Having concluded that petitioner has standing, we briefly address its contention that the town's negative declaration is inadequate. In reviewing the issuance of a negative declaration our task is to determine whether the agency "made a thorough investigation of the problems involved and reasonably exercised [its] discretion (Matter of Cohalan v Carey, 88 A.D.2d 77, 79, appeal dismissed 57 N.Y.2d 672; H.O.M.E.S. v New York State Urban Dev. Corp. [ 69 A.D.2d 222], 231)." (Chinese Staff Workers Assn. v City of New York, 68 N.Y.2d 359, 364; see, Matter of Niagara Recycling v Town Bd., 83 A.D.2d 335, 338-341.) In making such review, the agency's obligations under SEQRA "must be viewed in light of a rule of reason." (Jackson v New York State Urban Dev. Corp., 67 N.Y.2d 400, 417, supra.) The degree of detail will obviously vary with the nature of the proposal and the agency's determination will be annulled "only if arbitrary, capricious or unsupported by substantial evidence" (id., at 417). In assessing the adequacy of the negative declaration here, we agree with the Appellate Division that "the Town Board identified the relevant areas of environmental concern, took a hard look at them and made a `reasoned elaboration' (6 N.Y.CRR 617.6 [g]  [iv]) for the basis of its determination" ( 145 A.D.2d, at 563).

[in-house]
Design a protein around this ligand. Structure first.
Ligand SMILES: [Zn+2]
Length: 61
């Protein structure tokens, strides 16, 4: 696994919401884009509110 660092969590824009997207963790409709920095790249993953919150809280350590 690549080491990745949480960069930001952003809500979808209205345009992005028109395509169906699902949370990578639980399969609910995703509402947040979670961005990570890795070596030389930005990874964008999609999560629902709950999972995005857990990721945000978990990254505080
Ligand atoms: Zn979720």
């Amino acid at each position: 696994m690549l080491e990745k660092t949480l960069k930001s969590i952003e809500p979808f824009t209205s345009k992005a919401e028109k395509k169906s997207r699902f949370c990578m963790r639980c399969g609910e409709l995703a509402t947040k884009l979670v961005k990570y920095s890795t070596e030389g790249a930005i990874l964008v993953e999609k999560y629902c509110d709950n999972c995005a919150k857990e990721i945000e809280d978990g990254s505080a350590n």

Finally, we reject petitioner's contention that the negative declaration should be considered a nullity because it was not completed and filed before the public hearing. SEQRA prescribes that the required environmental review be made before the agency acts (see, Matter of Tri-County Taxpayers Assn. v Town Bd., 55 N.Y.2d 41, 46-47; Matter of Di Veronica v Arsenault, 124 A.D.2d 442, 444). Here, the agency's action was the town board's approval of the rezoning. The negative declaration was issued prior to that action and was, thus, timely.
Accordingly, the order of the Appellate Division should be affirmed, with costs.
Chief Judge WACHTLER and Judges SIMONS, KAYE, ALEXANDER, TITONE and BELLACOSA concur.
Order affirmed, with costs.